Estate planning for people living in Colorado as well as the rest of the country requires careful attention to multiple issues. Common considerations include the distribution of assets after death, establishing trusts, choosing an executor and end-of-life planning. One issue that sometimes can be overlooked is what happens to collectibles after their owner dies.
Many attorneys have noted that the distribution of personal items with minimal value, such as dishes, clothing, silverware and knickknacks, can often trigger family disputes due to sentimental attachments and old resentments. These tensions can become more extreme when personal items can be resold for significant amounts of money. These items may include jewelry made from precious stones and metals, designer clothing, vintage wine or other collectible items.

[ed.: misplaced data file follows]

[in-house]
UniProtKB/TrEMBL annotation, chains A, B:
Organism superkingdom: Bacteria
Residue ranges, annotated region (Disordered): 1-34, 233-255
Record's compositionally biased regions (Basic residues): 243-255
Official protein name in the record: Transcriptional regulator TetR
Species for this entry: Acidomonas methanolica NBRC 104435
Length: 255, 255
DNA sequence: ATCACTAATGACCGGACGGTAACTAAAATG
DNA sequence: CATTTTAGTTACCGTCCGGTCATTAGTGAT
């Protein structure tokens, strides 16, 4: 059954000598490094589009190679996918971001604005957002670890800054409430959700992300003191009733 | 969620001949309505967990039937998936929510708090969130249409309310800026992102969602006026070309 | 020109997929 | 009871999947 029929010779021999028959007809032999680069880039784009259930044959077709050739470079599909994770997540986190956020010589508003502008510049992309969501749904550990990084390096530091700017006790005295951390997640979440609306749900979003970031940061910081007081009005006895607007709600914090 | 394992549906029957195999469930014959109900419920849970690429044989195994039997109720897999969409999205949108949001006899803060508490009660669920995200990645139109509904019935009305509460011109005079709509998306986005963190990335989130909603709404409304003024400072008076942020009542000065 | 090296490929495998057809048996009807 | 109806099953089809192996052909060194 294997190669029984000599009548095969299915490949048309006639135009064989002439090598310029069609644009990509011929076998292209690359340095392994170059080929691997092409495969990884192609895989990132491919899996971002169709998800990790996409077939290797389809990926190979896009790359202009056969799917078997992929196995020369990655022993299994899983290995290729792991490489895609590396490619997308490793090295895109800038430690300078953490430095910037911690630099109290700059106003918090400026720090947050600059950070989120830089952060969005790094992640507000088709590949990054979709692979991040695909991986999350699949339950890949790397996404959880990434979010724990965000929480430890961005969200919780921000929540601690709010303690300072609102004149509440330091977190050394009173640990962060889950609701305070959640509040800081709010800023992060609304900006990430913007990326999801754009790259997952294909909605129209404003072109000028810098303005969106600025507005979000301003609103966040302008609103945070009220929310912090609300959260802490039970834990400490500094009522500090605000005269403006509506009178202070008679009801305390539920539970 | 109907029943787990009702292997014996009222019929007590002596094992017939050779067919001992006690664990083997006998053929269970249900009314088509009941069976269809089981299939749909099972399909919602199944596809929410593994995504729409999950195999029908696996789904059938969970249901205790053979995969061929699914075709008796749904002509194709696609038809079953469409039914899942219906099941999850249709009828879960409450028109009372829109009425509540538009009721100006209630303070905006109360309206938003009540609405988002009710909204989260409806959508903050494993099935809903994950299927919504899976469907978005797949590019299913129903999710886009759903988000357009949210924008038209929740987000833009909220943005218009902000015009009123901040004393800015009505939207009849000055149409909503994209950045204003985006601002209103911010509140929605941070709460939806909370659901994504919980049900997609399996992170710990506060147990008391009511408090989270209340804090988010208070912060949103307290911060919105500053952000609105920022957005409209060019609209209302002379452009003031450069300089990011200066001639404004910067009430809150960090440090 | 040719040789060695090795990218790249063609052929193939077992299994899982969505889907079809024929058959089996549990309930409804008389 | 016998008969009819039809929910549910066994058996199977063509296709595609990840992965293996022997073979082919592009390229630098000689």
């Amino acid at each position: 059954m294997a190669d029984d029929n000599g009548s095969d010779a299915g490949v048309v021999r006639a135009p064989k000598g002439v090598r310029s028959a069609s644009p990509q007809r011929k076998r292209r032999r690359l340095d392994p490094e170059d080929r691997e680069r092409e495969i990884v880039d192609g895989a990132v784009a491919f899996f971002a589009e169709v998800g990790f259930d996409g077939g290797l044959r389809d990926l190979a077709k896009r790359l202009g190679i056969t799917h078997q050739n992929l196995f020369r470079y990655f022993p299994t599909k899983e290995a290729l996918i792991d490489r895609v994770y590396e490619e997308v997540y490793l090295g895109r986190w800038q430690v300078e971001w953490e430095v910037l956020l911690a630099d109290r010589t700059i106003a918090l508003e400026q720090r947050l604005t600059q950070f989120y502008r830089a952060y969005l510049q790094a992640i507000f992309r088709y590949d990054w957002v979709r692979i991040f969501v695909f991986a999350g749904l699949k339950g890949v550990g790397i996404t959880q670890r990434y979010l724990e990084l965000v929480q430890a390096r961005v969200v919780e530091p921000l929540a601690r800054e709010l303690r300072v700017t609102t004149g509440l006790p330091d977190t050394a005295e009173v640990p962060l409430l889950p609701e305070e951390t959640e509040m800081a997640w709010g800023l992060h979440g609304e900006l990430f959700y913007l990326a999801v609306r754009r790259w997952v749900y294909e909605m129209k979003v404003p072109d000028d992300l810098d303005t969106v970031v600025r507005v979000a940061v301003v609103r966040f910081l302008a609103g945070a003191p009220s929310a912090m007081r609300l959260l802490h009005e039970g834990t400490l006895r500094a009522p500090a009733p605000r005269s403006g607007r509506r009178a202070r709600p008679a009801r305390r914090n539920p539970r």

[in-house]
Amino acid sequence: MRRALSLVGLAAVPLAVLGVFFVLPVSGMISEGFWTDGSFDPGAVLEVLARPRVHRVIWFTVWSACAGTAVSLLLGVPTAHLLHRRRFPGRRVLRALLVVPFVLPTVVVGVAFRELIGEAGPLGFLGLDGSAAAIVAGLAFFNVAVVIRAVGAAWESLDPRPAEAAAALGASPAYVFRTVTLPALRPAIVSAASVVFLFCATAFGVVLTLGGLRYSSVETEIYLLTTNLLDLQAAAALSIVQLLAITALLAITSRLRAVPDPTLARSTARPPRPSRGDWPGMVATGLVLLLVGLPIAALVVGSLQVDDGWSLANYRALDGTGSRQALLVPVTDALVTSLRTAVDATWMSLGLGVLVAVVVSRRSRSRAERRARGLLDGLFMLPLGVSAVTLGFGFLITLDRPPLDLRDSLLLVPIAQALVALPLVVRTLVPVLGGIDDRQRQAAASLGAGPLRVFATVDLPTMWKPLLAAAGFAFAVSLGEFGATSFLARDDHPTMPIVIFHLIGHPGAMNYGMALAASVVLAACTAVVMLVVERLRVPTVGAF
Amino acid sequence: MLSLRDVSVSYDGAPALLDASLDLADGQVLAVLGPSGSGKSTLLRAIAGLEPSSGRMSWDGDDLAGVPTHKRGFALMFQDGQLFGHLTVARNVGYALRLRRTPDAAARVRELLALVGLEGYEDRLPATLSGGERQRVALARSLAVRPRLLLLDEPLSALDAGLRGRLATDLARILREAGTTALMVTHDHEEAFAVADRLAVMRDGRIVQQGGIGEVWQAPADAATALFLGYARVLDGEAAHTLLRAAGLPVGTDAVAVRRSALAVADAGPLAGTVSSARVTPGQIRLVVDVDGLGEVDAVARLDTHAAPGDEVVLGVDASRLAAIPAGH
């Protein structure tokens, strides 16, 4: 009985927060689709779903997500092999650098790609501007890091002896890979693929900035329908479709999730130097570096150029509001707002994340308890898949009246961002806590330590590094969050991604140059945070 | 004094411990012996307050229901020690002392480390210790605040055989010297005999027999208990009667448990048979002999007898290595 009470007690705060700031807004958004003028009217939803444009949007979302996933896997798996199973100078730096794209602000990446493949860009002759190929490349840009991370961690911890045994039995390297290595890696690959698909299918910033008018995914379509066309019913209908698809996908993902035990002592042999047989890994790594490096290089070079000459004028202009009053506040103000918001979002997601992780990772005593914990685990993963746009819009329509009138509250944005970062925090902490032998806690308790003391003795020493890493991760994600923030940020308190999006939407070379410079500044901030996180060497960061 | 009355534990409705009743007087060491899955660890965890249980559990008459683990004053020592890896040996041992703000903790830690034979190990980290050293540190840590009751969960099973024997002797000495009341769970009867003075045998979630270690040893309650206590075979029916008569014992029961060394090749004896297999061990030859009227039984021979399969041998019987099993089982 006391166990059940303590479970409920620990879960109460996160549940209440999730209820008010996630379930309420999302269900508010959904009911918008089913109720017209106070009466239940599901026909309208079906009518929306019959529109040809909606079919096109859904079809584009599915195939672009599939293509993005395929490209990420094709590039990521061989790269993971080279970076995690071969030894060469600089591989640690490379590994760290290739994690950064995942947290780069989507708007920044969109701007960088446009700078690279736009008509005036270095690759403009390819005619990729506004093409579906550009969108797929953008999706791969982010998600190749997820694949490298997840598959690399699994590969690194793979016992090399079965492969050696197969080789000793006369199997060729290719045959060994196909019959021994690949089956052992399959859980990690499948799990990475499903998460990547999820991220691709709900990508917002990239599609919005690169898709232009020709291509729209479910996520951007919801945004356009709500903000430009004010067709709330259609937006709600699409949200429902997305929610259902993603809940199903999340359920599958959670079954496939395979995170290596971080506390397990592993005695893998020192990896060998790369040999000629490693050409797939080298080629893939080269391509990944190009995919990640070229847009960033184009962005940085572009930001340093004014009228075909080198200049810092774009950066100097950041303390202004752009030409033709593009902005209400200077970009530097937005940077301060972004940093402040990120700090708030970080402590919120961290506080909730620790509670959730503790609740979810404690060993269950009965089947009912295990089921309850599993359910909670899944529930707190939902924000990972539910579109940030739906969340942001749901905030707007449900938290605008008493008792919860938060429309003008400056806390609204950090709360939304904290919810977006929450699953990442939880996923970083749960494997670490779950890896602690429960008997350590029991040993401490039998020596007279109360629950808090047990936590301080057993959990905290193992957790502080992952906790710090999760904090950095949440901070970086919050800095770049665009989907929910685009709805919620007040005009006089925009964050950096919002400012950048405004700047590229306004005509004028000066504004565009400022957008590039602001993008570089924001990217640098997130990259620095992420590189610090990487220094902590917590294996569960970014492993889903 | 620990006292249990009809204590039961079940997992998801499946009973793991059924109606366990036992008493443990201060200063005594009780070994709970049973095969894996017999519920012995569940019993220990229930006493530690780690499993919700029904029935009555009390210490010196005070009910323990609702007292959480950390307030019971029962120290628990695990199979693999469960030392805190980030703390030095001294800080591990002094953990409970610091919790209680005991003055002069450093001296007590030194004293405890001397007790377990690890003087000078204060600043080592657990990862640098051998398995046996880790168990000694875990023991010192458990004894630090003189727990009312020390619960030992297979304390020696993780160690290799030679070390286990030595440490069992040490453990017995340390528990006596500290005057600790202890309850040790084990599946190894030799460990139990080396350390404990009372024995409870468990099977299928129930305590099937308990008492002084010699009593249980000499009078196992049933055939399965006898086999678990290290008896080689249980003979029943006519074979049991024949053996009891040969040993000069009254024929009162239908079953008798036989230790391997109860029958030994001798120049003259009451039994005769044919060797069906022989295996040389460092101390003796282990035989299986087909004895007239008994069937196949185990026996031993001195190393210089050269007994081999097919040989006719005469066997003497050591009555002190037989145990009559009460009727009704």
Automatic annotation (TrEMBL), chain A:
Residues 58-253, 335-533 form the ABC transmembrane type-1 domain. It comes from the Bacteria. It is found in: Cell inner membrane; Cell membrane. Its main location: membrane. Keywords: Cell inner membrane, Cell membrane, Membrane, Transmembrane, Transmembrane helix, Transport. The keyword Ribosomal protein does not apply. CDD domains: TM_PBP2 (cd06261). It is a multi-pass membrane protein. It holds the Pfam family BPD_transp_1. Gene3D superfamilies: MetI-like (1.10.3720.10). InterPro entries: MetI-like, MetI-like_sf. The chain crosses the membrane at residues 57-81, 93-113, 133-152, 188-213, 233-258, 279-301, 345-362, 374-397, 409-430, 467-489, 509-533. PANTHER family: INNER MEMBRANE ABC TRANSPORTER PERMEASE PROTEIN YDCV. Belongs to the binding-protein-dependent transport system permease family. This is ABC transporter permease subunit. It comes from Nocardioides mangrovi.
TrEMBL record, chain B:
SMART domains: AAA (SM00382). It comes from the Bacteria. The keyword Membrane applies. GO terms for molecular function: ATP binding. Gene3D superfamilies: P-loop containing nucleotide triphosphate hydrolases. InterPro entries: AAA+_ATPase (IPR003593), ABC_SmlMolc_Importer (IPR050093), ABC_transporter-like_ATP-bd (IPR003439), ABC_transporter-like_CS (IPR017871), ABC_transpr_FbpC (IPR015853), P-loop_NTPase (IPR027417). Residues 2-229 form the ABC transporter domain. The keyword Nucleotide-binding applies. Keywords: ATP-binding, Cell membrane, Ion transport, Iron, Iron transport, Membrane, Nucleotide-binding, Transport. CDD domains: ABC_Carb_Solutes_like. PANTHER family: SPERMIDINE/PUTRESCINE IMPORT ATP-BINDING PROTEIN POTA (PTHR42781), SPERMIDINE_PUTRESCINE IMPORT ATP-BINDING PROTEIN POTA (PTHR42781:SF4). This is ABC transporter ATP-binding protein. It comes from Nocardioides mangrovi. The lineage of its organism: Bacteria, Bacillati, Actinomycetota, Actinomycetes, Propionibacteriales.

Unfortunately, when some couples and individuals plan their estates, they may fail to account for the distribution of their personal and collectible items. This can create difficulty for executors who may have to balance the desires of family members with the need to sell collectibles so that their value can be added to the assets of the estate. In some cases, the deceased may not have been aware of an item's value, resulting in further confusion as the executor attempts to obtain an accurate valuation of the piece.
Anyone who is about to engage in estate planning may benefit from speaking with an experienced attorney. A lawyer may be able to assist in evaluating the client's needs and may recommend steps like having certain personal items appraised. An attorney may also be able to provide advice in cases where there is a risk of family tension over the distribution of personal property.